There is some magnitude of ETFs that are useless in terms of offering nothing new (here the Morningstar ETFs come to mind), but 'wretched' is an extreme description and I think is incorrect. I try to think outside the lines in terms of trying to assess what new products offer, both the clear and obvious objective of the fund plus trying to seek out any secondary effects an ETF might offer.
An example of this would be the IPOX 100 (NYSEARCA:FPX) that owns IPOs. Yeah, the fund owns IPOs but as a secondary effect, the index has a long track record of being correlated to small cap growth, though it consistently outperforms small cap growth.
Asking why we need another healthcare sector ETF misses the point and discourages attempts at innovation. Clearly with new funds there will be hits and misses. I have conceded that many times here. In the article Mr. Goldberg advises only considering ETFs from iShares, StateStreet Global and Vanguard because they pioneered ETFs. Hmmm.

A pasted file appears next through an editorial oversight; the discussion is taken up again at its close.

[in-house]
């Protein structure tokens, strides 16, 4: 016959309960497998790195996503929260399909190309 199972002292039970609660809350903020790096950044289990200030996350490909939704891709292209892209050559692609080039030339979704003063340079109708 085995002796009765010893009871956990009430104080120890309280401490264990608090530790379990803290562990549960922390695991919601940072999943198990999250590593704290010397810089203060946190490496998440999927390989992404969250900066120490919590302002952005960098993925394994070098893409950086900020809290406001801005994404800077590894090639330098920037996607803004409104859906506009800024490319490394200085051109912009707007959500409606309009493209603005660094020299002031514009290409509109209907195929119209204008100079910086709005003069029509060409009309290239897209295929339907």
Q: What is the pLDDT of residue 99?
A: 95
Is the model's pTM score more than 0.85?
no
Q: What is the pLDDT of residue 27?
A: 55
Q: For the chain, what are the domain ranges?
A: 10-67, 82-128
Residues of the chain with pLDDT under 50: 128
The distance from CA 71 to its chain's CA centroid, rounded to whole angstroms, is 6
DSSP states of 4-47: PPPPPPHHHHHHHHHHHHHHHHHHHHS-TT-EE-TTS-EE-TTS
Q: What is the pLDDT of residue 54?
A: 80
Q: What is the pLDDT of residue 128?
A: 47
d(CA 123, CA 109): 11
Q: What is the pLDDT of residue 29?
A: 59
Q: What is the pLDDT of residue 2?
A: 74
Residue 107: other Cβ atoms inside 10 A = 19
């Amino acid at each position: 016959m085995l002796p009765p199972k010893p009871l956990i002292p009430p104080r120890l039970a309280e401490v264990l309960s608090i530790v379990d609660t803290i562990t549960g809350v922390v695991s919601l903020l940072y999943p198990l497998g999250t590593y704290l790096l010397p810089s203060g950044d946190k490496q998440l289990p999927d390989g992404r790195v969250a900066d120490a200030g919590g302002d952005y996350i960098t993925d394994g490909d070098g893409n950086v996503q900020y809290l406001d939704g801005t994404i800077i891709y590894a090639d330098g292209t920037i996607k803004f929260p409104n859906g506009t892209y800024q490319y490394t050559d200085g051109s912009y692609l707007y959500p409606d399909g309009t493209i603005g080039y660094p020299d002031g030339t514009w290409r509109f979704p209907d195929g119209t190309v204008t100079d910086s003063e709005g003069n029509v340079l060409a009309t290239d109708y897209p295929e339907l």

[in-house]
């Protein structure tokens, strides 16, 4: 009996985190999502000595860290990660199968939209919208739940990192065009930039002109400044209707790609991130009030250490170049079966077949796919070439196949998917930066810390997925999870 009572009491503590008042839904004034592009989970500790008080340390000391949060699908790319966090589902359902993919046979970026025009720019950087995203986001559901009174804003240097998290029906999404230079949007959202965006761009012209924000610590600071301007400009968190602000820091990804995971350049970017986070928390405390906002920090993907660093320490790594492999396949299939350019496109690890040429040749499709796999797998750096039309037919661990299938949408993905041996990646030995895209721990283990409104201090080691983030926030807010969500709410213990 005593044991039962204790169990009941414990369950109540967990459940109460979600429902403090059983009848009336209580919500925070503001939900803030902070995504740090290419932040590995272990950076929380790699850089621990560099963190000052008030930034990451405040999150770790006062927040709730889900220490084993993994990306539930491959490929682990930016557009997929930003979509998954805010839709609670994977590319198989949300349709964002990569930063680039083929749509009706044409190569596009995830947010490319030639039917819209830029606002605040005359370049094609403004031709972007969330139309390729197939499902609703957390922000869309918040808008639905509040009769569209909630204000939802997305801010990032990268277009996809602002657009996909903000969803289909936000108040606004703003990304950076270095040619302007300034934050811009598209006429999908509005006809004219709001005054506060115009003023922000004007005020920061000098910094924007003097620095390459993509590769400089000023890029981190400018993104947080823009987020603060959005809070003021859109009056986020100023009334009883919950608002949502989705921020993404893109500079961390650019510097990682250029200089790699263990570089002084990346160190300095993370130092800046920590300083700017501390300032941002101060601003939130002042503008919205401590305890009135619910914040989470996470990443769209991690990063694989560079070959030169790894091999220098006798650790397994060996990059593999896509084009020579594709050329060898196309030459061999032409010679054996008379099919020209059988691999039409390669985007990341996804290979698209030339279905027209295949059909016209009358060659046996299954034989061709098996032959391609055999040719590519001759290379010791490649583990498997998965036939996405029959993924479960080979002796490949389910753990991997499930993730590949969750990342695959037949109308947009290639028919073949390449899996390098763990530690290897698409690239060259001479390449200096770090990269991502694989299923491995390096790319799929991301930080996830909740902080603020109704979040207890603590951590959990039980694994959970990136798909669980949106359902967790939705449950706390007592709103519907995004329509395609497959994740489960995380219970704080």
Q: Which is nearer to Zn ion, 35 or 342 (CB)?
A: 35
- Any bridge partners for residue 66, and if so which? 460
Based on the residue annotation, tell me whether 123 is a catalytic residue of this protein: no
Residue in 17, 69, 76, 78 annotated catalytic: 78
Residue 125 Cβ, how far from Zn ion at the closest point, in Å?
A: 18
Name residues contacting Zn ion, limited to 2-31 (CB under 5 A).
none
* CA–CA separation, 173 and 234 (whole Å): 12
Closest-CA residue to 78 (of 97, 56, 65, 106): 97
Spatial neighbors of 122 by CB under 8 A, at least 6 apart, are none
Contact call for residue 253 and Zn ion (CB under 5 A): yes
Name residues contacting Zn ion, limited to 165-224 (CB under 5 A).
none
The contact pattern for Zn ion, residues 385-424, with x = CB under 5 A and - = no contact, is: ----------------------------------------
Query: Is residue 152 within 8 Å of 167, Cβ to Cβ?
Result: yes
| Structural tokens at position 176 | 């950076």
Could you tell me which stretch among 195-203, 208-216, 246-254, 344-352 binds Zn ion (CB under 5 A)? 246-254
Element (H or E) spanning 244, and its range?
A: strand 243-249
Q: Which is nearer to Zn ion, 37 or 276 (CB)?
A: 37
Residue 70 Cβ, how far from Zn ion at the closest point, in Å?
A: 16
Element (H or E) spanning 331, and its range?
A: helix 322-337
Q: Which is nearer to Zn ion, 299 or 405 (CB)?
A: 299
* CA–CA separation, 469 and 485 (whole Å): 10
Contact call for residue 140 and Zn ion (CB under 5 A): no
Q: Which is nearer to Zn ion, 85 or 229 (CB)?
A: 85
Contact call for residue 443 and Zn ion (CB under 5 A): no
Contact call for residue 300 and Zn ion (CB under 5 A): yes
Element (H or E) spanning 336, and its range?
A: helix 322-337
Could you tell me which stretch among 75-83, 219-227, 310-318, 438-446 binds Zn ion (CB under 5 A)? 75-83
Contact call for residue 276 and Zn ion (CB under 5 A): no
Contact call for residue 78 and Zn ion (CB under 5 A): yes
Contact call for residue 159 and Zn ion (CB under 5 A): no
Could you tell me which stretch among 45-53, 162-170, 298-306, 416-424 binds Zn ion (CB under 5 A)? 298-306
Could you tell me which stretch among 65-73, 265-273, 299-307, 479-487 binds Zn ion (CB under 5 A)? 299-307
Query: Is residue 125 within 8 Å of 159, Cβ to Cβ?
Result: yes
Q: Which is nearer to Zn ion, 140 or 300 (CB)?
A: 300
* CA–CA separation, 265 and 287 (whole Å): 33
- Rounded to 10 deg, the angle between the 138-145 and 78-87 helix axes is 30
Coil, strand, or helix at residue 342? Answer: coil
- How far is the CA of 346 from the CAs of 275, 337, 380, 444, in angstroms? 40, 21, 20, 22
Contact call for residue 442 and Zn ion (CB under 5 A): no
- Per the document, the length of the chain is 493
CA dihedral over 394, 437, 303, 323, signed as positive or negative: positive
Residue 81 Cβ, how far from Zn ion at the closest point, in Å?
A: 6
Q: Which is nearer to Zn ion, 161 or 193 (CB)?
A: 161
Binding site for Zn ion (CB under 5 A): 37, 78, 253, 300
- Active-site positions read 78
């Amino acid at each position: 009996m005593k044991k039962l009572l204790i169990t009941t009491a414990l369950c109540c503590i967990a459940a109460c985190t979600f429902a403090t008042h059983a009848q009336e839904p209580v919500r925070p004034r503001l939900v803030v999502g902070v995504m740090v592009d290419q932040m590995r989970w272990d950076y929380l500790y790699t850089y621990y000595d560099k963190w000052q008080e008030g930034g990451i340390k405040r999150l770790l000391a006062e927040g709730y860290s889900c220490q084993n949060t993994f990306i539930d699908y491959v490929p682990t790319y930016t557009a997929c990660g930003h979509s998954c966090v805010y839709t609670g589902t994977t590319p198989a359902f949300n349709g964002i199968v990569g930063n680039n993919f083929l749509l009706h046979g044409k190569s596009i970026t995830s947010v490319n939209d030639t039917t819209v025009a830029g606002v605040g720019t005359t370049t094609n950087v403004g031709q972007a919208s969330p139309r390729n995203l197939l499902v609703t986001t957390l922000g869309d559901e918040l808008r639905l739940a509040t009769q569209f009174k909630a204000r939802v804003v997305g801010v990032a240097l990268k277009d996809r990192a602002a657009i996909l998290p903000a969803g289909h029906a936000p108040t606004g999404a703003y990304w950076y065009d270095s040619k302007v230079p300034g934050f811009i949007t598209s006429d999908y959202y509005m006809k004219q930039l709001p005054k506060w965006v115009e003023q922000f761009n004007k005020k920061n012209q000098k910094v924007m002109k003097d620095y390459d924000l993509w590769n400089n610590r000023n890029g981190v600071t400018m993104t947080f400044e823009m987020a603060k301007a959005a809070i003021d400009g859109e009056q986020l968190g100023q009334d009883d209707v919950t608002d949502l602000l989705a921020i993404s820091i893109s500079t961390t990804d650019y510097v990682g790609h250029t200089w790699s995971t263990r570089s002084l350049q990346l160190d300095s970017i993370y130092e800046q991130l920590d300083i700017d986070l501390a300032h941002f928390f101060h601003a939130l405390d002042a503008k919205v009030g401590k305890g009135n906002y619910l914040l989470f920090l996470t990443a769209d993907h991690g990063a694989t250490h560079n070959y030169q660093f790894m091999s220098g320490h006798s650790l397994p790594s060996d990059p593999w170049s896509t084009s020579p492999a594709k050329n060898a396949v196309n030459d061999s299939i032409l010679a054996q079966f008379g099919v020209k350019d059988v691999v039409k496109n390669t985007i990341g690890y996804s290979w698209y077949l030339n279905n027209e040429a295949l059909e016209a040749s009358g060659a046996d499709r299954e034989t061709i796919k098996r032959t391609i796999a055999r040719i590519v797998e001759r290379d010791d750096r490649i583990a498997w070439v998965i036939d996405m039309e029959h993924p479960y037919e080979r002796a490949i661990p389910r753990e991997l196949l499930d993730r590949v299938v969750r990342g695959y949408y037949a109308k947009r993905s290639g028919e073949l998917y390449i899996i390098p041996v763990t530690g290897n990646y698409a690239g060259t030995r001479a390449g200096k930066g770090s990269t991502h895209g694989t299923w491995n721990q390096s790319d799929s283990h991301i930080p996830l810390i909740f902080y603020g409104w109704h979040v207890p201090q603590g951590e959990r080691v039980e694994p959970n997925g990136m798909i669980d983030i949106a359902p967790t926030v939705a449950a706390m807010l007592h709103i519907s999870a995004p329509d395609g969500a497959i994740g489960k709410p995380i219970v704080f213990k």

The thought process here is a bit baffling -- don't consider that another provider could have a better mousetrap? Don't explore new ways to diversify your portfolio?
He said one thing that I agree with and that I have mentioned before. People will use some of the narrower products incorrectly and hurt their portfolios.
This appears over and over and I can't imagine that ETFs will be immune from stupid people. But it is not Deutsche Bank's fault or an indictment of the product if someone blows themself up making a reckless bet on the commodity ETF.
The other day when the Scottish Re (NYSE:SCT) blew up I would bet there were accounts that owned nothing but that stock, on margin, that were totally wiped out. Does that mean you shouldn't buy stocks?
Clearly my writing is not going to put an end to articles like this, but I would encourage you to explore new products thoroughly. There is no harm in learning all about a fund and then deciding it is not for you.